In my last post, I gave reasons for rejecting moral intuitions as a reliable source of moral knowledge.
This, then, raises the question: How would I respond to a case like this, from Shmuel Warshell:
Let's say there's a world where 1000 people desire that a child be tortured. Desirism says that we should act on the desires that someone with good desires would have and a good desire is that which tends to fulfill other desires and not thwart desires. Now the desire to torture the child fulfills many desires- the desires of all the sadists. You could then say that the desire to torture the child is a bad desire but that would seem to lead to an infinite regress.
Rather than respond just to this specific example, I would like to take this opportunity to explain how I would generally handle cases like this.
First, there is a technical issue to tend to just to make sure that it does not cause future problems.
Technically, desirism does not say "we should act on the desires that someone with good desires would have done." In fact, I do not even know how it is possible to act on a specific desire. I can choose to give money to somebody in need, but I do not know how to give money to somebody in need out of a desire to help others, as opposed to doing so out of a desire to do the right thing, which is different from acting on a desire to impress others with my generosity. So, I want to make sure that desirism is not interpreted as arguing for "should act on the desire". Instead, it says that the right act is the act that a person with good desires would perform. The actual motivation of the agent who does what a person with good desires would do is not relevant.
In addition, it is the case that desirism says that a good desire is a desire that tends to fulfill other desires - in virtue of which the people with those other desires have reasons to promote that desire universally using the social tools of reward/praise and punishment/condemnation.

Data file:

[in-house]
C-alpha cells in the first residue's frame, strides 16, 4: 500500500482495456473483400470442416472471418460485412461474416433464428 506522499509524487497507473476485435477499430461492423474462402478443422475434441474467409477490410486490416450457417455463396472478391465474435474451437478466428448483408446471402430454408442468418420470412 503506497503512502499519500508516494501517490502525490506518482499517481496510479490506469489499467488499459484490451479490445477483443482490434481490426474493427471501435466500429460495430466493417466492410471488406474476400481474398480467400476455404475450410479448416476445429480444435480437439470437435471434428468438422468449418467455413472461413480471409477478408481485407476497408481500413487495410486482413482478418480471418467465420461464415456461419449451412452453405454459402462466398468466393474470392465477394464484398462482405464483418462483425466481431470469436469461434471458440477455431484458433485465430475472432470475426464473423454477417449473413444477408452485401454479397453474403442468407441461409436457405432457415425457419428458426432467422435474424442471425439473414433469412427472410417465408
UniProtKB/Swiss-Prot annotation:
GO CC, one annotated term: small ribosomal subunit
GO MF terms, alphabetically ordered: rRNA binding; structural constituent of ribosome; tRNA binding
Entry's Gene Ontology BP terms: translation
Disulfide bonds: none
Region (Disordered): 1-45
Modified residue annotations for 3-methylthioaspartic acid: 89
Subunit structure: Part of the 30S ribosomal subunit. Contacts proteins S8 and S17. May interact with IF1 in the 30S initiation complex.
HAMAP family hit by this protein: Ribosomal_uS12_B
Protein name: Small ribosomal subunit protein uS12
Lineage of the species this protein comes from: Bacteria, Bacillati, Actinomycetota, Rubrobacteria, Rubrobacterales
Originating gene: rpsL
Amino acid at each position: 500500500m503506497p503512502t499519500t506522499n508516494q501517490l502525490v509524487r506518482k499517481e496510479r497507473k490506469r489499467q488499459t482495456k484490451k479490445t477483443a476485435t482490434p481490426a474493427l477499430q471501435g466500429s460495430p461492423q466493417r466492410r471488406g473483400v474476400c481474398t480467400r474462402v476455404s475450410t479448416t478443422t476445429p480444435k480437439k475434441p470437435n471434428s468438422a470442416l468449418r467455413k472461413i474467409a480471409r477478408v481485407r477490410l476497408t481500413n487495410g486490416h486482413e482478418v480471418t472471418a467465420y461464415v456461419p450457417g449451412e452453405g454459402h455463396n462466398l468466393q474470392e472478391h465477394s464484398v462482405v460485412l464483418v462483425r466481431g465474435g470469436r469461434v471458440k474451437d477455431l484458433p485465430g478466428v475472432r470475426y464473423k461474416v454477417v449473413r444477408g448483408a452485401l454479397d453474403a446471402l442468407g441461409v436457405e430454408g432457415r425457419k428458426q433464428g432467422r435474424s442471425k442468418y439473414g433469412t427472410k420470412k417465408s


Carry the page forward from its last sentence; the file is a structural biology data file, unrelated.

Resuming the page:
Second, we need to make sure that we define the situation precisely.
The case mentions a "desire that a child be tortured". Is this a specific child - Fred? Is this a desire that one child be tortured, without regard to which one? Is this a desire for the torturing of children generally?
One distinction that often trips people up is the distinction between "a desire to" and "a desire that". In our current case, we can distinguish between a desire to torture a child and a desire that a child be tortured. A "desire to" can generally be reduced to a "desire that I". So, a desire to torture a child is a "desire that I torture a child". In contrast, a desire that a child be tortured is a desire that does not care who carries out the deed, as long as the child gets tortured.
In Warshell's question above, I am instructed to explicitly deal with a "desire that" - specifically, a desire that a child be tortured. Such a desire can be fulfilled by a state in which somebody other than the agent does the torturing.
I am not raising an objection to Warshell's example here. I am simply taking this opportunity to specify a distinction that has, at other times, caused problems as authors slipped from "desire to" to "desire that" and back again without noticing.
In this case, I also want to look at the concept of "torture". Torture is a value-laden term. In other words, it has the thwarting of desires built right into the meaning of the term. Something will not count as torture unless it thwarts desires. In fact, it needs to thwart some very strong and stable desires; a mild thwarting of a weak desire is not torture. In other words, a desire to torture (or a desire that somebody be tortured) is a desire to thwart some very strong and stable desires (or to have some very strong and stable desires thwarted). A desire that a child be tortured is a desire that a child suffer the thwarting of some of its strongest desires.
I argue that moral intuition is a poor source of moral knowledge, but linguistic intuitions are reliable when it comes to the meaning of terms. We cannot use moral intuitions to reliably determine the morality of slavery - the vast majority of humans who have lived have found it acceptable. However, we can use linguistic intuitions to tell us that morality is concerned with universal principles or attitudes. Consequently, insofar as the torture of a child is a moral concern, we are dealing with the relationship between the torture of a child and universalized desires.
Third, once we properly understand the concepts involved in a case, we can look at the details.
If we are going to look at the morality of an act of torturing a child, we have to look at whether the desires that would motivate an agent to torture a child are desires that people generally have reason to make universal throughout the community.
One of the ways to ask this question is to ask, "If a community had no desire to torture a child, do they have reasons to create such a desire and to make it universal within the community?"
Another way in which I have approached this question is to assume that there is a knob. Turn the knob to the right and the desire becomes stronger and more widespread within the community; turn it to the left and the desire becomes weaker and less common. We then ask what reasons people generally have to support turning the knob to the right or to the left.